Friday, November 13, 2009

Abstract Index Playlist - November 11/09

As I listen to Wayne & Wax, DJ/Rupture and other leading lights on the Afropop Radio documentary "World Music 2.0" I find myself blogging about a subject so world music 1.0 it's hilarious.

Now you probably know that I have more affection than most for the term 'world music'. It has aggregated and created a marketplace for audiences, artists, labels, media and other players who believe in cultural exchange through music. Of course the debate is always about the TERMS of this exchange - who makes the rules, who profits, and whether it's fundamentally a one-way system.

I have never known what the deal is with Arc Music's roster and their marketing techniques. They're a British company who release a truckload of discs every year, most of which are guilty of Photoshop 1.0 design. The greater part of these discs appear to be one-off licenses (I hope) from individual artists or fledgling producers. Its output is a mix of pop and folkloric material. Its folklore is often served up with easy-listening reverb, while its pop won't drive anyone out of the souvenir shop. This market is well established by the initial world music 1.0 conventions set up in the late 80s, then tweaked by Putumayo's success in the 90s.

What bugs me most is that too many of Arc's releases feature the style of music front and center, with the artist's name buried in the graphics. The message seems to be "here's an example of this music" in the tradition of Putumayo's compilations which reduce the individual personality of the artists to a function of the overall image or flavour.

I can't understand what's going on this disc. 'Yinguica' doesn't seem to be the name of a band; perhaps it too is a one-off. Percussionist Barry Van Zyl is a member of Johnny Clegg's band, and he's a frequent name on Arc releases. So the listener/buyer isn't even sure about this disc's intent beyond the promise of authentic-sounding 'Marrabenta'. Since this Mozambique-based music is one of Africa's lesser known party sounds but stops well short of digital boom bap, it's an opportunity for Arc to put out yet another variety of novel but unthreatening global grooves.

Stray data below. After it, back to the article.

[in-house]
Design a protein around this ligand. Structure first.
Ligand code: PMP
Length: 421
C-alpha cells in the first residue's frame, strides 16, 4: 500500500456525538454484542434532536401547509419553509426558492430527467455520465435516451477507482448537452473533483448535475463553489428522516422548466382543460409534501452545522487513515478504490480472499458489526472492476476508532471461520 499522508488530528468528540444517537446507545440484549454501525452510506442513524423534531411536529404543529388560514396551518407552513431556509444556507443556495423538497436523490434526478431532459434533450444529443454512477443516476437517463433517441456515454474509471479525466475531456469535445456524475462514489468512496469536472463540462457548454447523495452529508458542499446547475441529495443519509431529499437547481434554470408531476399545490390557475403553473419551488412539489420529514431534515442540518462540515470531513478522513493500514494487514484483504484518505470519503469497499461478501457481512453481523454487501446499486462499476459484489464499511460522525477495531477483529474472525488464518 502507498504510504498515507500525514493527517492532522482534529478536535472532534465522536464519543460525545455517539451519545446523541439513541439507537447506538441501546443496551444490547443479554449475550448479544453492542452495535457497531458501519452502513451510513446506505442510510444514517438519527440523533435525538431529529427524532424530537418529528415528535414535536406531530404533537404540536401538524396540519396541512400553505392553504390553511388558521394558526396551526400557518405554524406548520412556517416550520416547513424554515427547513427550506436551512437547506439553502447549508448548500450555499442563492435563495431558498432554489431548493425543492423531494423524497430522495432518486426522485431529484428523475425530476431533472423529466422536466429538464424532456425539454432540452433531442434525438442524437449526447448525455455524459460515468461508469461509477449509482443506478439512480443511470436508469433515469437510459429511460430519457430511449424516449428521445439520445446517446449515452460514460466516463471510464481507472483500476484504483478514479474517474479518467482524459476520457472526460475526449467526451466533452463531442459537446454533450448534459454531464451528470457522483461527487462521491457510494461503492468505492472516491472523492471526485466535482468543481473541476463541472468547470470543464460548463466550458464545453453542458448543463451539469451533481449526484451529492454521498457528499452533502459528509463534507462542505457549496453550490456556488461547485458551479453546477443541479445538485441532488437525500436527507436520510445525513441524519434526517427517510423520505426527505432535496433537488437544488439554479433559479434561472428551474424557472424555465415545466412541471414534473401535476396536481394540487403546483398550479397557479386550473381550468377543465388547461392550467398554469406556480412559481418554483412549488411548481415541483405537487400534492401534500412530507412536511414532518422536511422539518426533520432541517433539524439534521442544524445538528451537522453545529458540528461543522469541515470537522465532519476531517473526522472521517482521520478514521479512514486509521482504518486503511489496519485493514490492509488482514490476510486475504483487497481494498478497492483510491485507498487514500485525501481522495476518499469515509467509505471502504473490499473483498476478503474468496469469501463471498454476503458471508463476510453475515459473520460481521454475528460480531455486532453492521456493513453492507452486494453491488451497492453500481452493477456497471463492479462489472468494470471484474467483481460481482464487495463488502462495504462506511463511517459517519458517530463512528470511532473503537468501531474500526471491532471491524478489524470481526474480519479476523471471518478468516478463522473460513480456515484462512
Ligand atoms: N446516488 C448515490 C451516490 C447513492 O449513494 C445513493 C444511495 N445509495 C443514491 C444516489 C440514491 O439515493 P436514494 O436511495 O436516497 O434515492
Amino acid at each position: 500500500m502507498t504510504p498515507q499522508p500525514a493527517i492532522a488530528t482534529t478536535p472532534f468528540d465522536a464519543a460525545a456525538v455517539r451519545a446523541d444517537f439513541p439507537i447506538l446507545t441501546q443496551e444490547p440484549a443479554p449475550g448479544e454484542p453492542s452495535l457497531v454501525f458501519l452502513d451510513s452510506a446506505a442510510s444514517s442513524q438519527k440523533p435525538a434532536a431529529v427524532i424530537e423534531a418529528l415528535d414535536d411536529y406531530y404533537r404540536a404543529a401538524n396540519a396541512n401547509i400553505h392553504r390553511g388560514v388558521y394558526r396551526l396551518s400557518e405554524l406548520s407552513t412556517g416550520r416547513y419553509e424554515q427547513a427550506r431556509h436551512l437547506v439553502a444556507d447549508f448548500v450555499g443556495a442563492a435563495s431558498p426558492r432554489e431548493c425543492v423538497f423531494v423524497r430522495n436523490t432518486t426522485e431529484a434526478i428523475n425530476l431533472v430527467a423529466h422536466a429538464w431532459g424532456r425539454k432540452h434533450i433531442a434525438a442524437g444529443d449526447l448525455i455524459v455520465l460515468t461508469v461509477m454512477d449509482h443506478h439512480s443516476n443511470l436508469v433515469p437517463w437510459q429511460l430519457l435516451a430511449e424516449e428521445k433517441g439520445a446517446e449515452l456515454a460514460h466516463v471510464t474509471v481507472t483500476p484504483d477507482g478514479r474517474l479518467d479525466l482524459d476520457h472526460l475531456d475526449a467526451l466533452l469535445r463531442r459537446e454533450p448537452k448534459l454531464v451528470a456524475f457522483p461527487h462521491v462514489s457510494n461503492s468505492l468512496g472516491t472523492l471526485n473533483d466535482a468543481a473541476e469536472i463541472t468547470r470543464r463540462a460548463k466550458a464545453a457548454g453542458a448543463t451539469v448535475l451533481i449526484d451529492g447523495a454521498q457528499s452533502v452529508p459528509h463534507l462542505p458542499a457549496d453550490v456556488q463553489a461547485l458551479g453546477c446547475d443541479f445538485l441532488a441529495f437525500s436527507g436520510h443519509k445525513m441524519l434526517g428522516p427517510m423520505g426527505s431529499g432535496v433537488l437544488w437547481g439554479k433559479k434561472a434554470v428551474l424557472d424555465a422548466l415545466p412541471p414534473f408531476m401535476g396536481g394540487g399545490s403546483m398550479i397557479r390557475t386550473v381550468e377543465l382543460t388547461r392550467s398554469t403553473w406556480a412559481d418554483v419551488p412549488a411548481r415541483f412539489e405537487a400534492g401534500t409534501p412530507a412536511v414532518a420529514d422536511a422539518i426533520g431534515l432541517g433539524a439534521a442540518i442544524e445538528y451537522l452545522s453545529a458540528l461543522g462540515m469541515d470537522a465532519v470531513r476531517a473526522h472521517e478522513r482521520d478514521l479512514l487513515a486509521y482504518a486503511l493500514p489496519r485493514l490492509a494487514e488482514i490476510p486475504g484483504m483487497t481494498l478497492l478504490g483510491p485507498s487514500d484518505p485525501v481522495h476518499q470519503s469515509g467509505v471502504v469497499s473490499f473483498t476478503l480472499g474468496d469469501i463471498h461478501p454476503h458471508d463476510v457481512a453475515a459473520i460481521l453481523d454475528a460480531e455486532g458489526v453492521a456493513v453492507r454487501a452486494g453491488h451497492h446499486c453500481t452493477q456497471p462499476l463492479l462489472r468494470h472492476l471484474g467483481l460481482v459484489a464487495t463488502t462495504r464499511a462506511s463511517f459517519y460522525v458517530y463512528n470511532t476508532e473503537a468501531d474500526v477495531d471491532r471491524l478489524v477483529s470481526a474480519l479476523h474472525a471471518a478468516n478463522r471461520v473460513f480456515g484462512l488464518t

Fortunately, as with a small but steady proportion of the label's content, the music is worthwhile. Hard charging percussion dominates most songs, and the instrumentation is kept spare with bass, drums, and intertwining acoustic guitars. I'm no expert on the music so I can't judge its 'authenticity', but it's clear that the participants are actually working up a sweat in keeping with the "play it 'til your strings break!" ethos of Marrabenta posited by the back cover.

This won't set the blogosphere on fire, but it's further proof that there is plenty of credible music being put out by the gatekeepers of world music 1.0, even if the circumstances are sometimes obscure. Hopefully everyone is seeing a return on their investment.

In the meantime, check that Afropop doc - it's a good roundup of how disintermediation is the main characteristic of world music 2.0.


sierra alone - the embassadors (nonplace)
tiny pyramids - ratchetorchestra (no label)
the alley of enchantment - dub rocket (touchbass)
nucleus roots - automaton (satamile)
aqua con sal - bronx river parkway (truth and soul)
ni nhi me le - yinguica (arc music)
serengeti - magic drum orchestra (lion hea...d)
ghost ride - muskox (standard form)
avante me fante - mahala rai banda (asphalt tango)
plovdiska rachenista - boban i marko markovic orkestar (piranha)
joe pill - electro morocco (blue jay way)
untitled track 3 - pink saliva (no label)
lower nile - arthur blythe (india navigation)
blues n' boxing - michael kemp (no label)
independent girl - demattos (no label)
hallelujah - leroy brown (dakarai)
different strokes - kiddus i (naya)
i sight - tarrus riley (vp)
bumpy's lament - richie phoe (balanced)
don't cry dubwise - jah warrior (tanty)
stalag 23 - tony dubshot (no label)
the attorney - tommy mccook and the supersonics (pressure sounds)

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